In the end, I think the ease of learning has more to do with how the language aligns with your thinking patterns. I started in FoxPlus and dBase (good grief, that dates me) because they were easy for me to understand quickly and start producing good code. Maybe you need to spend a weekend or two immersing your self in each and trying to produce a simple project in each. Something simple like involving CRUD - (C)reate a record, (R)ead (and display a record), (U)pdate a record, and (D)elete a record. That may be enough of a challenge and provide you with enough information to identify which language(s) seem the most natural to you.

Good luck!

Bimm
Feb 1st, 2009, 10:32 AM
thanks guys.

just to let you know where im at so far, am going to try out both and see how i get on. Am currently setting up LAMP but have opted to run run it straight from a USB memory stick using fedora 10 so will try a few php tutorials.
Don't want to go to the trouble of setting up linux on a pc partition yet until i know whether its for me or not.

In the meantime I'm going to set up asp.net with sql on my laptop and follow some tutorials.

I'll try doing the same project on both and see which one is easiest.

freedom_razor
Feb 1st, 2009, 11:49 PM
You can run PHP on Windows machine if you wish, under IIS. Windows PHP installers can be downloaded from php.net

demtron
Feb 2nd, 2009, 12:01 AM
You can run PHP on Windows machine if you wish, under IIS. Windows PHP installers can be downloaded from php.net

Good suggestion!

Just don't try to run WordPress, a CMS or software like it in with PHP on IIS. I tried WordPress, failed, read a few forum discussions, failed some more, then ditched the idea altogether.

oracleguy
Feb 2nd, 2009, 02:27 AM
Just don't try to run WordPress, a CMS or software like it in with PHP on IIS. I tried WordPress, failed, read a few forum discussions, failed some more, then ditched the idea altogether.

Any reason why they don't work?

demtron
Feb 2nd, 2009, 02:51 AM
I should have stated that I tried it on shared hosting (GoDaddy). Here are posts I found that discuss some of my problems running Wordpress on shared hosting:

http://www.thisishowyoudoit.com/blog/10-reasons-why-not-to-host-your-wordpress-blog-on-a-windowsiis-platform/
http://www.rtrask.com/2008/02/07/running-wordpress-on-windows-server/

Maybe if you have full control of your own server and can noodle with config settings and such, it would work. I didn't go too far in my exploration due to a) lack of time and b) a general consensus in the WordPress crowd that cool plugins would probably be buggy on IIS.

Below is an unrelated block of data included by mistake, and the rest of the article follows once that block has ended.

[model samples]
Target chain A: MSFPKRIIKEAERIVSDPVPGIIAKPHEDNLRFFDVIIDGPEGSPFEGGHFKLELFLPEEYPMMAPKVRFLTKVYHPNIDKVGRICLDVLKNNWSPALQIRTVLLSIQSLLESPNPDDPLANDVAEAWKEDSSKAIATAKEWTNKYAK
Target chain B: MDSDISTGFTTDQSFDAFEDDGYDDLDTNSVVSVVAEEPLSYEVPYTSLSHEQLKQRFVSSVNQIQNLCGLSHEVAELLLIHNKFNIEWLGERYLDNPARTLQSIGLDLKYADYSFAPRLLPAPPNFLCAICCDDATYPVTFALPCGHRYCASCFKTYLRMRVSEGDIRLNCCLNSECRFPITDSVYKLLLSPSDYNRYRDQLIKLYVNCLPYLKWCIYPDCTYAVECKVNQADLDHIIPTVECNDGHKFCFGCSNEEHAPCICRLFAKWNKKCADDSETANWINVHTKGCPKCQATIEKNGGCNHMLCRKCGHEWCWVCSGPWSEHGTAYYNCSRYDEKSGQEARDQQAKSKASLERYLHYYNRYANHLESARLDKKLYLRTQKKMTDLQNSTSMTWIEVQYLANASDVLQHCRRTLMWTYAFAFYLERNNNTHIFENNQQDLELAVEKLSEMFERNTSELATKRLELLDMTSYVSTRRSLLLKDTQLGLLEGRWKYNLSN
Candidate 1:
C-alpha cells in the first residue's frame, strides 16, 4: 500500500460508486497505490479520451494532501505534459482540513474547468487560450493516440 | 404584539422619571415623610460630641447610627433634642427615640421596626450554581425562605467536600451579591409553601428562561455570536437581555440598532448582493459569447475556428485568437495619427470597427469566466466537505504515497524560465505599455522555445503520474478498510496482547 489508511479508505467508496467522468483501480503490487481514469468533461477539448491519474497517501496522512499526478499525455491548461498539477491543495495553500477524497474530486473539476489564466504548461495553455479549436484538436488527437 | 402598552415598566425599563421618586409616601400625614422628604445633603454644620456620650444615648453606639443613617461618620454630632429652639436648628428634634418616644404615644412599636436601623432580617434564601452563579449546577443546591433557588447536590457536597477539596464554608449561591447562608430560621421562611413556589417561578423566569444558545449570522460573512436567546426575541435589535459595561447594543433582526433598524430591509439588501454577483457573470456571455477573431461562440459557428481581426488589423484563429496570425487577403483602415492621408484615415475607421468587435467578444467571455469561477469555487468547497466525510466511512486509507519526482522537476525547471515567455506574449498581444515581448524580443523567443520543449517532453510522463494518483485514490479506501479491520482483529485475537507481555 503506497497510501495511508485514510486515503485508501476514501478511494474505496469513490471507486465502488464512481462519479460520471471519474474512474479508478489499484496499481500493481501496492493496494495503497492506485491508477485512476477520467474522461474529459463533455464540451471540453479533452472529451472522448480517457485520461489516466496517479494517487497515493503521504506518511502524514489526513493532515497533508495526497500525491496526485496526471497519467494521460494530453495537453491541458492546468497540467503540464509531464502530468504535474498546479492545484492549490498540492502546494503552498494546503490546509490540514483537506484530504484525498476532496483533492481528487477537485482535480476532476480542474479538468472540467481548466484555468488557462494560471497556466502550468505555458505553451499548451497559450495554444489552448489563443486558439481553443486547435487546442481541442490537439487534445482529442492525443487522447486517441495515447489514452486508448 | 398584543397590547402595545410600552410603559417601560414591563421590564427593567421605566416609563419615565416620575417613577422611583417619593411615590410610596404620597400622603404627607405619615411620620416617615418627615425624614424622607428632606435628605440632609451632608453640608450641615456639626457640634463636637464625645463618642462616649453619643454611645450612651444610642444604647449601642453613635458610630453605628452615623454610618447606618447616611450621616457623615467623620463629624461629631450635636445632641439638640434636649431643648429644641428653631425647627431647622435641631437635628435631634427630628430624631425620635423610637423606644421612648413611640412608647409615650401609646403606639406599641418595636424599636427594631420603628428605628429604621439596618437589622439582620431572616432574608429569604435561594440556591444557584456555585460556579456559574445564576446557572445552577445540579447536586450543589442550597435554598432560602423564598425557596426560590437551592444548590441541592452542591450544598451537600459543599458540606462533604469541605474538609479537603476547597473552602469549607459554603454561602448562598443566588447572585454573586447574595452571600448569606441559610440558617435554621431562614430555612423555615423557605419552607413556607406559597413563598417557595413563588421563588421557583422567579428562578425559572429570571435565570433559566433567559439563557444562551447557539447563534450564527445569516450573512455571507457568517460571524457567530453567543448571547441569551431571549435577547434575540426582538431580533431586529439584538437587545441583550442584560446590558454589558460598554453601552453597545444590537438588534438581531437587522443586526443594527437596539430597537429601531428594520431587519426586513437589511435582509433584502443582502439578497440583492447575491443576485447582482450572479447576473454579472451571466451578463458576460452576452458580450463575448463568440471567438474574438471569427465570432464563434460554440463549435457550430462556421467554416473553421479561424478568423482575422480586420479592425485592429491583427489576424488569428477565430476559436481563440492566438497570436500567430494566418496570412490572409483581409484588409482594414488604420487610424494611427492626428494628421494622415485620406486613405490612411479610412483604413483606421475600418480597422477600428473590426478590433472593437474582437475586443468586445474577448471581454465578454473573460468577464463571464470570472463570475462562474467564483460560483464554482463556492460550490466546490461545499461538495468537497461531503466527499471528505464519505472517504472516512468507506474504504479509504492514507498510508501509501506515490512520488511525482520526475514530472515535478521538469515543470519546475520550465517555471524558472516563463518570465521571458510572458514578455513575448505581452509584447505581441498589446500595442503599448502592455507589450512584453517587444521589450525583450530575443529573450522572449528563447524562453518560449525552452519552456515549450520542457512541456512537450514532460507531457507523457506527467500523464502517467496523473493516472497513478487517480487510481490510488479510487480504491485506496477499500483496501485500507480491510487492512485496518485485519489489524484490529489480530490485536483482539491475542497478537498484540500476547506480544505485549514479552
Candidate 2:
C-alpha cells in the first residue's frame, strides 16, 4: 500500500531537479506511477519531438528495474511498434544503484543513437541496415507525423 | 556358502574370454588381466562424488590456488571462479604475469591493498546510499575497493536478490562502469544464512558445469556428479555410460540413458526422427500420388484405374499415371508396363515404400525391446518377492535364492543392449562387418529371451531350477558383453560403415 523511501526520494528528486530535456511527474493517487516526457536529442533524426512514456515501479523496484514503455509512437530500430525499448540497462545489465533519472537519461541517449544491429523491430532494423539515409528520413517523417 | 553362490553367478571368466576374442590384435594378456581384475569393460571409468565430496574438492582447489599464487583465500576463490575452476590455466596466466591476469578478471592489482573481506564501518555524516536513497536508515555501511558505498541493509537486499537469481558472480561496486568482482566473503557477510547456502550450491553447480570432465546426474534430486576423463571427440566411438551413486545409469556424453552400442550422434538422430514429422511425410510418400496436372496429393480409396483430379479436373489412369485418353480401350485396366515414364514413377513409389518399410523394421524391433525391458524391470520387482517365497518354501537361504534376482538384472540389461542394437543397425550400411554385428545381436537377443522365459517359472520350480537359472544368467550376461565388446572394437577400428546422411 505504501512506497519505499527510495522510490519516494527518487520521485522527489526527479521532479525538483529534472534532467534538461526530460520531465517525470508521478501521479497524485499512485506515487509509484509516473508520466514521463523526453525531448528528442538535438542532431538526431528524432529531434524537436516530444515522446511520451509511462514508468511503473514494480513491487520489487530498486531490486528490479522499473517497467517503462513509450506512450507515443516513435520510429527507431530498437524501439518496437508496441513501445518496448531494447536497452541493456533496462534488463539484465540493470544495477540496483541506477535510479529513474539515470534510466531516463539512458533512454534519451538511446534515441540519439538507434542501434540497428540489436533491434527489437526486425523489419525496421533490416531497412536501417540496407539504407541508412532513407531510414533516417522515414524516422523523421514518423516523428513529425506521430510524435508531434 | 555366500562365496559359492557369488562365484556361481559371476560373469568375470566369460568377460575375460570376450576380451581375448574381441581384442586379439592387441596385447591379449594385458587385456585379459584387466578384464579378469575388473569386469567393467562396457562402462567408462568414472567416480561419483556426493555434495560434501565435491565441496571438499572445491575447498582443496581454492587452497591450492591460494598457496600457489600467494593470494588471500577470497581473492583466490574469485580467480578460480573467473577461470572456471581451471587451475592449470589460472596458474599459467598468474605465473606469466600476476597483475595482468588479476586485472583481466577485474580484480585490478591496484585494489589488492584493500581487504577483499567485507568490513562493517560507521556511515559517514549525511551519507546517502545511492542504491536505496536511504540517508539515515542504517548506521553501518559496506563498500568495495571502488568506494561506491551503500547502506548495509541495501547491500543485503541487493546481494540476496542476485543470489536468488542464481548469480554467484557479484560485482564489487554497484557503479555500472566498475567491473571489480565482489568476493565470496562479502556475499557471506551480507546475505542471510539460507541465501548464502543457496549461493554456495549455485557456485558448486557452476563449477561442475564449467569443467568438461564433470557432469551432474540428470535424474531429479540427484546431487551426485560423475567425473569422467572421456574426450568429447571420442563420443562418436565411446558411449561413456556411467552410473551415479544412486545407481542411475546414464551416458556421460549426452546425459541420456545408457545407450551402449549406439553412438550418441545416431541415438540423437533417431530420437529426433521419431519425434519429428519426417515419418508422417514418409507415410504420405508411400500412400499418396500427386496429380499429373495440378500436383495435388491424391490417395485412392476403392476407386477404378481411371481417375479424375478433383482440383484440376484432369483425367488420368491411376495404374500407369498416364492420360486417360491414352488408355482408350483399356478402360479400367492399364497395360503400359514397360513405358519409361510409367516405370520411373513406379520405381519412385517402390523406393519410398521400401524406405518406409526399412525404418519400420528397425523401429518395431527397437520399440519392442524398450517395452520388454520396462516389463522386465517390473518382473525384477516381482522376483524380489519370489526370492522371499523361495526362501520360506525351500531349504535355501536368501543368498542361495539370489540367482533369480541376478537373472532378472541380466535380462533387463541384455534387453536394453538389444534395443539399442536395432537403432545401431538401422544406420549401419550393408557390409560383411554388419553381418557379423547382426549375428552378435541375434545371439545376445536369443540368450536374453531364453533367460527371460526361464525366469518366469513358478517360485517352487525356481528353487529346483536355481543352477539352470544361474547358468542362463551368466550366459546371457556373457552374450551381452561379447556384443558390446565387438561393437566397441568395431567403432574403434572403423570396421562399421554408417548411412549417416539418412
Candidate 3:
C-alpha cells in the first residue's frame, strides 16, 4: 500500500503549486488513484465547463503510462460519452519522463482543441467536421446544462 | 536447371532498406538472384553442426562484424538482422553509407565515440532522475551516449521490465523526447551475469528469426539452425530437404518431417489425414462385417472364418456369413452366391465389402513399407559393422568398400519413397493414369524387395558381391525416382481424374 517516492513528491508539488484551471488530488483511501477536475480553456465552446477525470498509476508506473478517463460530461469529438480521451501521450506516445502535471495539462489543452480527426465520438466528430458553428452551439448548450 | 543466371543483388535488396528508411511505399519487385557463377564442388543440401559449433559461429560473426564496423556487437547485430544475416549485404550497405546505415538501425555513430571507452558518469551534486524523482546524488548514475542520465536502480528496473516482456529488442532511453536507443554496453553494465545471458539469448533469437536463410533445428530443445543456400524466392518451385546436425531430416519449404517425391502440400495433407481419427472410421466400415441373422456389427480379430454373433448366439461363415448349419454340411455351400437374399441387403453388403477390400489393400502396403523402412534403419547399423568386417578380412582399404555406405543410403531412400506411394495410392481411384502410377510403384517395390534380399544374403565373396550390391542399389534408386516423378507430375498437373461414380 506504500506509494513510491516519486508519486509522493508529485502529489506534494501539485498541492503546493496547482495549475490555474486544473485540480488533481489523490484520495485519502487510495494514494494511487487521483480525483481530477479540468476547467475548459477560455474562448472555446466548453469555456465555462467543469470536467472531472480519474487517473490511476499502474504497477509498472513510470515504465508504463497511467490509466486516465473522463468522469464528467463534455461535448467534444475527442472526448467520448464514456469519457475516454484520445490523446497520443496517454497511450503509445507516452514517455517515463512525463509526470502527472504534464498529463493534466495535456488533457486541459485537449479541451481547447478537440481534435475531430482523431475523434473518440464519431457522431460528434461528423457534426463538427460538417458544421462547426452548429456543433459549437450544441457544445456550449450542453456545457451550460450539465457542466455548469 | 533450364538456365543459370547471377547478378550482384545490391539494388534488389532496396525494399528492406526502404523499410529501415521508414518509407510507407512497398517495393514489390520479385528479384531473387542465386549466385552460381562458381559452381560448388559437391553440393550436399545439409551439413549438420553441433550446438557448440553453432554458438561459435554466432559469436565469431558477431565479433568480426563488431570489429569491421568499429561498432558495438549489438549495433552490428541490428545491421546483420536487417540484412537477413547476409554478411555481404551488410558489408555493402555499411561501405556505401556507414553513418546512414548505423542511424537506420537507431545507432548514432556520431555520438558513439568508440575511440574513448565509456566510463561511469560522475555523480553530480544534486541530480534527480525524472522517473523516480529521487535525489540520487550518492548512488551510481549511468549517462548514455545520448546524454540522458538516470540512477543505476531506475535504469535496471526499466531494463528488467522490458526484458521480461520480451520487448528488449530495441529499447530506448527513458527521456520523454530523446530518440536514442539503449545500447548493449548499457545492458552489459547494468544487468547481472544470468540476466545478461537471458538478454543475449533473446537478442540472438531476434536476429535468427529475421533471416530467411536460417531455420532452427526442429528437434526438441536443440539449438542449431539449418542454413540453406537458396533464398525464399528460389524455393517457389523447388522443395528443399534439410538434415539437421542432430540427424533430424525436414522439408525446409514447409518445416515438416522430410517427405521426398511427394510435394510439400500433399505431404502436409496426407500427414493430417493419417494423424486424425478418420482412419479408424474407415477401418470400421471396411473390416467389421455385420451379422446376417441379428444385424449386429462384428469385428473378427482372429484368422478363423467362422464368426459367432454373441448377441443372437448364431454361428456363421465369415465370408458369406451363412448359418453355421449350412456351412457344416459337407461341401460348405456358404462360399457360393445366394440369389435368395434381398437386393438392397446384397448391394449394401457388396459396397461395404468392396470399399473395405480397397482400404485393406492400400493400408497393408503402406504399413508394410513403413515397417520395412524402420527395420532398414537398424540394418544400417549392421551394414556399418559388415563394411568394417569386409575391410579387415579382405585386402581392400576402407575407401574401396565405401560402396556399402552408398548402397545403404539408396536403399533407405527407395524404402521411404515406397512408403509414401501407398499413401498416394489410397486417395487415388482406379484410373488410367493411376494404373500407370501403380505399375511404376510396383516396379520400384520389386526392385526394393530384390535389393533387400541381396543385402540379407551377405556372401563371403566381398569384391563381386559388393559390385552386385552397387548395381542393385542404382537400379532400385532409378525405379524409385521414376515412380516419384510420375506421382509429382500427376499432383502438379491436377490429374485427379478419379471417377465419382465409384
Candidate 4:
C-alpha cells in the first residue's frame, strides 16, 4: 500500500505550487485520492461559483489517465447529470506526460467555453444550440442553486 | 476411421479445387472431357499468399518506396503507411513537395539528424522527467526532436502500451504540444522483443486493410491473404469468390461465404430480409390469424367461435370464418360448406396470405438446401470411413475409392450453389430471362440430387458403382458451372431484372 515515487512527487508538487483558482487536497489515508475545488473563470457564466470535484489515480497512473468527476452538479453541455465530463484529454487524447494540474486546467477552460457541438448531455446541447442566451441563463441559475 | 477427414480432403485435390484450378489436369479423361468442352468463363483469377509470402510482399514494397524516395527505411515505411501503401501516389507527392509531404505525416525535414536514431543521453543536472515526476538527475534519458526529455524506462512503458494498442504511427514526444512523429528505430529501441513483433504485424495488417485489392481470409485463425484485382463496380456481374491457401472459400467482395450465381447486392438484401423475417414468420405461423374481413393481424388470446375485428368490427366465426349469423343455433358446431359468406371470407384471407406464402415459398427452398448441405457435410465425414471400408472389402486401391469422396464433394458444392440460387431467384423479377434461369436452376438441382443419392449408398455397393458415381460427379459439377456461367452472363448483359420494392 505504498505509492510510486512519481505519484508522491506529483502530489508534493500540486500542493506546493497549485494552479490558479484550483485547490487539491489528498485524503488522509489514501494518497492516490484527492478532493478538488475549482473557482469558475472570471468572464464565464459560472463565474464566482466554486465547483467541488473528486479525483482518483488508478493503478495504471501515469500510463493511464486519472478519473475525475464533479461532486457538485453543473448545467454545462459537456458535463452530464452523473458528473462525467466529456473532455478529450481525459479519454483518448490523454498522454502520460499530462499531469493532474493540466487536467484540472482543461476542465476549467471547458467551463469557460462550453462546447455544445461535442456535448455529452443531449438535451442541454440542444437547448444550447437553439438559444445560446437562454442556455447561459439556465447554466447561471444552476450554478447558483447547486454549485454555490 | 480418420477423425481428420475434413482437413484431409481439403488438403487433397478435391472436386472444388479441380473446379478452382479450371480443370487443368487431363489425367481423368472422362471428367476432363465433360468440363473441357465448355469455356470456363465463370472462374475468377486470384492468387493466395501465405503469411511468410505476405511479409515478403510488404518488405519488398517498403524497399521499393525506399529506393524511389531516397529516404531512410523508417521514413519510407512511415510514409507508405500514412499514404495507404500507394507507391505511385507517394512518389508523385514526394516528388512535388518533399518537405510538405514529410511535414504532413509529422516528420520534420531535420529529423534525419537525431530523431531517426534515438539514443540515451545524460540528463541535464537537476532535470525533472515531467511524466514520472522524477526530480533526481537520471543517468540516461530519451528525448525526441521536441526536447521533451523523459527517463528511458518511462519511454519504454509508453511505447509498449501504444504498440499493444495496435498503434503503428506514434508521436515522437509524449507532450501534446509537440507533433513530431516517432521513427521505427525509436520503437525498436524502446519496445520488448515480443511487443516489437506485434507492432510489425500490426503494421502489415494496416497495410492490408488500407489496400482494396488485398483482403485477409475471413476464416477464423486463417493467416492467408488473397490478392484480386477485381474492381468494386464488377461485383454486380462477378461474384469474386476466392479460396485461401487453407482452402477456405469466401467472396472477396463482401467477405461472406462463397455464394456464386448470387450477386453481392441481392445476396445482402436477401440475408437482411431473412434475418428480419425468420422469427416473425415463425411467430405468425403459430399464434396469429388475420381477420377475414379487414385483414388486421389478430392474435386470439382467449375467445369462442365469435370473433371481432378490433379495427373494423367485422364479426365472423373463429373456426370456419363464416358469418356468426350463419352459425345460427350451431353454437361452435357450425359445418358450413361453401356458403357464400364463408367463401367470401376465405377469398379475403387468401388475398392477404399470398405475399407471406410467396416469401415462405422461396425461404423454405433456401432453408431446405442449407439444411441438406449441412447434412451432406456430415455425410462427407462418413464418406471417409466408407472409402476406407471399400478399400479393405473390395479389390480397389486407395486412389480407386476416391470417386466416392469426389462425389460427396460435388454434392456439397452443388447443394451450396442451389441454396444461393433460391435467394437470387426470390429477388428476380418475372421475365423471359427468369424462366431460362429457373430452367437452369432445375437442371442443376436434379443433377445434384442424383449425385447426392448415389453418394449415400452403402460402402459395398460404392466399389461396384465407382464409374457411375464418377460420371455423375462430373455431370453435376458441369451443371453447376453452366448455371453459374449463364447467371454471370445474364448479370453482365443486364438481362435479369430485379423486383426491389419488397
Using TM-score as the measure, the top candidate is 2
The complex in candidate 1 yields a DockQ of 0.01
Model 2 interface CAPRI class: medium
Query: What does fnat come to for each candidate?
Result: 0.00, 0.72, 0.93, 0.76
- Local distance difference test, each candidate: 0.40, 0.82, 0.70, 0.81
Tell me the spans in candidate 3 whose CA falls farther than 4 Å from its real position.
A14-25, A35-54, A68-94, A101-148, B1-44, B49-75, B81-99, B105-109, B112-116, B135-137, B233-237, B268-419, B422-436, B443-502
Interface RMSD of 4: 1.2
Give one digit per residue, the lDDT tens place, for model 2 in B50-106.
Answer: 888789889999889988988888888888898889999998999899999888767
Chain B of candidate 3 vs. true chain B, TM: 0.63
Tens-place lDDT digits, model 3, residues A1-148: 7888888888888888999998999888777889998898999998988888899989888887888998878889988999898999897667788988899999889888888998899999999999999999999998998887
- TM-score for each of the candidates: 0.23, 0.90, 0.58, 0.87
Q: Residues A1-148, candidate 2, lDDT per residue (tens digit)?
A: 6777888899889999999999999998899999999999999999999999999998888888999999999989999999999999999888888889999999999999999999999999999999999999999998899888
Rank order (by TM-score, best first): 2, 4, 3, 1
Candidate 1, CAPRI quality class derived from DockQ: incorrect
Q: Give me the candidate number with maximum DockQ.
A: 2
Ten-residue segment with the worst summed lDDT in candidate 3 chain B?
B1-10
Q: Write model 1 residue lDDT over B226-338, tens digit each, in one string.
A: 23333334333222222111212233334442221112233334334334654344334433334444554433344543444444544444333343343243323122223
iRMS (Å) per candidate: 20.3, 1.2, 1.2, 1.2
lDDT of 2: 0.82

oracleguy
Feb 2nd, 2009, 04:29 AM
It sounds like in that top ten list, most of the issues step from two things:

1) Wordpress designed their software to be critically dependent on functionality not always available (such as mod_rewrite) on other platforms which is alright as long as they officially say that Apache is their supported platform, which they do.
2) The hosting companies ignorance in how they configured their servers

However the bloggers claim


Mysql and Php are not designed for Windows/IIS and, thus, do not perform as well in that environment.


Is mostly propaganda created by anti-microsoft zealots, MySQL and PHP work perfectly fine on Windows and are actually extremely easy to get working with IIS. There is very little you actually have to do to IIS, the PHP installer can actually do it all for you if you let it.

I will admit the lack of chmod support is a valid complaint however if the hosting company properly configured their account, they shouldn't have any problems with their security permissions.

I should mention also my preferred web server environment is Linux with Apache but I've used IIS plenty of times as well. It might not be as flexible as Apache but it is still fairly robust. I think the issues people have with Windows hosting usually results from improper server configuration. Usually caused by the fact that since it is easier (and Windows) people don't use their brains when configuring it and mess it up.

bengomez
Feb 5th, 2009, 12:22 PM
I say PHP because the support available is huge. Just look at the thread counts for the forums in PHP versus ASP, PHP dominates. Its a great language, not for everything, but I think its the place to start. It is where I started, and ASP is a little more of a niche thing. Most servers offer PHP, but not all offer ASP. Proprietary software...

Yeah i agree with you guys... PHP, because most servers offer PHP but not all offers ASP...